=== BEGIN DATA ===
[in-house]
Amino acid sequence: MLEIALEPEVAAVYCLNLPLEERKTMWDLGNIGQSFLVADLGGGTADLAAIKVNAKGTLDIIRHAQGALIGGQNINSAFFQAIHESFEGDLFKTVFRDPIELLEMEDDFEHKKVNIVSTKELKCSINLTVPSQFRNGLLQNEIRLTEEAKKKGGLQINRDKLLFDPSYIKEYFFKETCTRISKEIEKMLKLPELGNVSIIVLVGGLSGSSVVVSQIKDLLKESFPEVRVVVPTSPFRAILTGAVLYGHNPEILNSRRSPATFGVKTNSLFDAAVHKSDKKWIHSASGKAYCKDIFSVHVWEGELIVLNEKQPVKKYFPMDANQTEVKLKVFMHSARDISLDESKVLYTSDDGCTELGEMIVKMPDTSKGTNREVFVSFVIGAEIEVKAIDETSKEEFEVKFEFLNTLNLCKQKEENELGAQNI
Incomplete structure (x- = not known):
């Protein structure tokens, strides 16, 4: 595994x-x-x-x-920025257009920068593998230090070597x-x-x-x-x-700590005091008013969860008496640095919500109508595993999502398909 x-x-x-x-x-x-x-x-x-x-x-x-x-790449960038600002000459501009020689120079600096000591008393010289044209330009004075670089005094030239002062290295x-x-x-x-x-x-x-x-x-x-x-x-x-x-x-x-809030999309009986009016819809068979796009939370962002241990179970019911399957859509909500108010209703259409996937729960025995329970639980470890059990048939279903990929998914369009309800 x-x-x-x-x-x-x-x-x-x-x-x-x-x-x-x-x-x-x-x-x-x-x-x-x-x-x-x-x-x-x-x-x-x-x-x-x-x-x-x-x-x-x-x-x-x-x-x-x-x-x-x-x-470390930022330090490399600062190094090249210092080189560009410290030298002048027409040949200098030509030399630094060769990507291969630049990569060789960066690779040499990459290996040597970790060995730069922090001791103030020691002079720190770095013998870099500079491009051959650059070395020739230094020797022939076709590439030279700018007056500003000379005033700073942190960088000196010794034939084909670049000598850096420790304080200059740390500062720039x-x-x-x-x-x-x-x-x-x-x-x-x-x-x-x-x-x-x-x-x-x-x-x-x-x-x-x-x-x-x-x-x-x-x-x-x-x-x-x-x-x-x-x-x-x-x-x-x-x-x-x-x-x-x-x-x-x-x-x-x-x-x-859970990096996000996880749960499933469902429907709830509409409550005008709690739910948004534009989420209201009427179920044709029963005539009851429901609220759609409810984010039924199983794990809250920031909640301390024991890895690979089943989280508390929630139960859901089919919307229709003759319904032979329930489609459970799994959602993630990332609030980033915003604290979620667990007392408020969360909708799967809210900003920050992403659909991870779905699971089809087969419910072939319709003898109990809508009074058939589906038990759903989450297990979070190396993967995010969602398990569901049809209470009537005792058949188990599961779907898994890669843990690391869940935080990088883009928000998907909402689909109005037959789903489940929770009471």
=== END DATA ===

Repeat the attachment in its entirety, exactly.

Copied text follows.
[in-house]
Amino acid sequence: MLEIALEPEVAAVYCLNLPLEERKTMWDLGNIGQSFLVADLGGGTADLAAIKVNAKGTLDIIRHAQGALIGGQNINSAFFQAIHESFEGDLFKTVFRDPIELLEMEDDFEHKKVNIVSTKELKCSINLTVPSQFRNGLLQNEIRLTEEAKKKGGLQINRDKLLFDPSYIKEYFFKETCTRISKEIEKMLKLPELGNVSIIVLVGGLSGSSVVVSQIKDLLKESFPEVRVVVPTSPFRAILTGAVLYGHNPEILNSRRSPATFGVKTNSLFDAAVHKSDKKWIHSASGKAYCKDIFSVHVWEGELIVLNEKQPVKKYFPMDANQTEVKLKVFMHSARDISLDESKVLYTSDDGCTELGEMIVKMPDTSKGTNREVFVSFVIGAEIEVKAIDETSKEEFEVKFEFLNTLNLCKQKEENELGAQNI
Incomplete structure (x- = not known):
């Protein structure tokens, strides 16, 4: 595994x-x-x-x-920025257009920068593998230090070597x-x-x-x-x-700590005091008013969860008496640095919500109508595993999502398909 x-x-x-x-x-x-x-x-x-x-x-x-x-790449960038600002000459501009020689120079600096000591008393010289044209330009004075670089005094030239002062290295x-x-x-x-x-x-x-x-x-x-x-x-x-x-x-x-809030999309009986009016819809068979796009939370962002241990179970019911399957859509909500108010209703259409996937729960025995329970639980470890059990048939279903990929998914369009309800 x-x-x-x-x-x-x-x-x-x-x-x-x-x-x-x-x-x-x-x-x-x-x-x-x-x-x-x-x-x-x-x-x-x-x-x-x-x-x-x-x-x-x-x-x-x-x-x-x-x-x-x-x-470390930022330090490399600062190094090249210092080189560009410290030298002048027409040949200098030509030399630094060769990507291969630049990569060789960066690779040499990459290996040597970790060995730069922090001791103030020691002079720190770095013998870099500079491009051959650059070395020739230094020797022939076709590439030279700018007056500003000379005033700073942190960088000196010794034939084909670049000598850096420790304080200059740390500062720039x-x-x-x-x-x-x-x-x-x-x-x-x-x-x-x-x-x-x-x-x-x-x-x-x-x-x-x-x-x-x-x-x-x-x-x-x-x-x-x-x-x-x-x-x-x-x-x-x-x-x-x-x-x-x-x-x-x-x-x-x-x-x-859970990096996000996880749960499933469902429907709830509409409550005008709690739910948004534009989420209201009427179920044709029963005539009851429901609220759609409810984010039924199983794990809250920031909640301390024991890895690979089943989280508390929630139960859901089919919307229709003759319904032979329930489609459970799994959602993630990332609030980033915003604290979620667990007392408020969360909708799967809210900003920050992403659909991870779905699971089809087969419910072939319709003898109990809508009074058939589906038990759903989450297990979070190396993967995010969602398990569901049809209470009537005792058949188990599961779907898994890669843990690391869940935080990088883009928000998907909402689909109005037959789903489940929770009471």